Starter Disable Circuit
The PCM has detected an abnormal voltage reading from the starter disable circuit.
Code Set Parameters
Vehicles which utilize a starter relay to activate and engage the starter motor, require a battery voltage signal, ground signal, and an ignition switch input signal in order to operate properly. An output signal is also used to supply the PCM with data. The starter disable circuit is used to interrupt the voltage supply to the starter if the transmission is not in either “PARK” or “NEUTRAL” or if the clutch is not depresses on vehicles with manual transmissions. If the PCM detects a level of voltage that is not consistent with the manufacturer’s recommended specifications, a code will be stored and a malfunction indicator lamp will be illuminated. Some applications require multiple ignition cycles (with a failure) in order for the malfunction indicator lamp to be illuminated and others will activate the malfunction indicator lamp on the first failure.
Symptoms may range from just the service engine soon lamp and a stored code to a no start/no crank condition.
In choosing a single most common cause, I would have to say a faulty starter disable relay. Other common causes may include a blown fuse, a bad starter relay, shorted or open circuits, a defective battery, faulty battery cables/cable ends, or a defective starter motor/solenoid.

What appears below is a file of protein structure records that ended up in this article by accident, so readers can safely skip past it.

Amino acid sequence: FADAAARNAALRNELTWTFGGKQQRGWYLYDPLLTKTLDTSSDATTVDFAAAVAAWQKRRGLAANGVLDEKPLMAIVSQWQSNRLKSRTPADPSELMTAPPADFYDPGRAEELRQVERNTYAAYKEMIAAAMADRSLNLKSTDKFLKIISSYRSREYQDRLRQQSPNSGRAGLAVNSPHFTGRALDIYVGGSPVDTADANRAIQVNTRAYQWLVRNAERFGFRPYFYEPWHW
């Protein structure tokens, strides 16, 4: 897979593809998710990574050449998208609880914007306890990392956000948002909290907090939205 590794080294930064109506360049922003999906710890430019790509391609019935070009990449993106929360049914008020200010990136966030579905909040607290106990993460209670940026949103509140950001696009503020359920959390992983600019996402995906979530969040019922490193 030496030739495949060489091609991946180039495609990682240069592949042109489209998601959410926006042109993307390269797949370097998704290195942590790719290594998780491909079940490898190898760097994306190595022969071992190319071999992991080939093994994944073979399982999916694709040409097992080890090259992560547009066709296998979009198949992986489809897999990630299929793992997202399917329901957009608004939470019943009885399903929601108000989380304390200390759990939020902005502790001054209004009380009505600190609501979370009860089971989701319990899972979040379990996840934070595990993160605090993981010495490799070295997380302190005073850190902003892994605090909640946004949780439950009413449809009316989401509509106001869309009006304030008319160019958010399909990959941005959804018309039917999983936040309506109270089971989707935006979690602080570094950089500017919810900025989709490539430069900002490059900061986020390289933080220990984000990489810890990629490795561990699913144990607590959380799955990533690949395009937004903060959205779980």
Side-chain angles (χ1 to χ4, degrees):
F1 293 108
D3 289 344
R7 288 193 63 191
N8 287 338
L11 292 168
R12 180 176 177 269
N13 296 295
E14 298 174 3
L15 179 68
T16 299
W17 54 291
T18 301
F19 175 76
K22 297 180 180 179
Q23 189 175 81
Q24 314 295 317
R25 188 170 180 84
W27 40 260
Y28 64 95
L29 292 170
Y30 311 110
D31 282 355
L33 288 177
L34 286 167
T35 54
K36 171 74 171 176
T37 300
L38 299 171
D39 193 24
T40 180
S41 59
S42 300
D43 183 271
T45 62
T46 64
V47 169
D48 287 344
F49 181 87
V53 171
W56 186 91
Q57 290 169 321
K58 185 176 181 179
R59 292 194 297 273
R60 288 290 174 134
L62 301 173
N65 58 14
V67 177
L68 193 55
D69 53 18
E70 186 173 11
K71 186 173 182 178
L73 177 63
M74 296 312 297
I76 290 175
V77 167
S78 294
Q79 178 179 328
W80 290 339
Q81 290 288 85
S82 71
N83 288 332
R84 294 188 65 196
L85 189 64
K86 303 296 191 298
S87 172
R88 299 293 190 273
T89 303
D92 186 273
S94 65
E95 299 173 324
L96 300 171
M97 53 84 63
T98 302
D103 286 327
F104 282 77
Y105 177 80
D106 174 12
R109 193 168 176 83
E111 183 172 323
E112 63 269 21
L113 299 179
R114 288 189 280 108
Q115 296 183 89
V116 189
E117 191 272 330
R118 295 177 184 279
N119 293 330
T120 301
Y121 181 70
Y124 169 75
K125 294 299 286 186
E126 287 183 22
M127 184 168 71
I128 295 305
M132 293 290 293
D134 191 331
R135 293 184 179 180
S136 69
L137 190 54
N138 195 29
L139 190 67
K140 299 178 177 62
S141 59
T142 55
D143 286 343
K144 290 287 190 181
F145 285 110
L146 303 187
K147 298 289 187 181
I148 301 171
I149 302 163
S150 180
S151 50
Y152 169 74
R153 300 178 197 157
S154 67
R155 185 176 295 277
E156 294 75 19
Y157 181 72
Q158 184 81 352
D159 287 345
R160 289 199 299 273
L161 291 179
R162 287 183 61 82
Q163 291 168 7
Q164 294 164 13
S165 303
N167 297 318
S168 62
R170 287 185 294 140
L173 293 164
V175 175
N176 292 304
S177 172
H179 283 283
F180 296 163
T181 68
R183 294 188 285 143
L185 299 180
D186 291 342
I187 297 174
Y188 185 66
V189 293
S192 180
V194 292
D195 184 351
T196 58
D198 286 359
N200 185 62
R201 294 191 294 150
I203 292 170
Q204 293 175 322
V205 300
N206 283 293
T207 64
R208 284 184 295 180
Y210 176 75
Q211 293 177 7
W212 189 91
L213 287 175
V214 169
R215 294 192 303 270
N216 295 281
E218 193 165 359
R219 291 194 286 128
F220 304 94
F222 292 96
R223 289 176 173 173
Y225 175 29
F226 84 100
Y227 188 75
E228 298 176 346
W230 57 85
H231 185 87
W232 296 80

Snap diagnosis’ often lead to unnecessary starter motor replacement. Technicians report that shortcomings in the voltage supply to the starter motor are more common in late model vehicles than bad starter motors/solenoids.
- Some vehicles use a starter relay in order to activate and engage the starter motor with the flywheel
- Others use a system that does not include a relay but instead uses a wire that comes directly from the ignition switch
- The starter disable system is used sparingly by a handful of automobile makers
The opposite end of the positive battery cable (from the battery post) is typically attached to the starter solenoid using an eyelet style cable end placed over a solenoid integrated stud, with a nut threaded on to secure it
- The positive battery cable is often referred to as a primary circuit
- A separate wire from the starter relay, or directly from the ignition switch, is used to activate the starter solenoid and engage the starter motor with the flywheel
- This wire is sometimes called a secondary circuit
Of course, the supply of voltage on the positive battery cable should be constant
- The ignition switch (not the cylinder but the electrical switch which the cylinder engages) is used to activate the secondary circuit (in this case, via the starter relay) which causes the contacts of the starter solenoid to close
- With the solenoid contacts closed, battery voltage is supplied to the starter motor, causing it to spin and engage the engine flywheel, thus cranking the engine.
Begin your diagnosis with a visual inspection of the battery cables and battery cable ends
- Clean or replace cables and ends as required
- Make sure that the battery is fully charged and then perform a battery load and starting/charging system test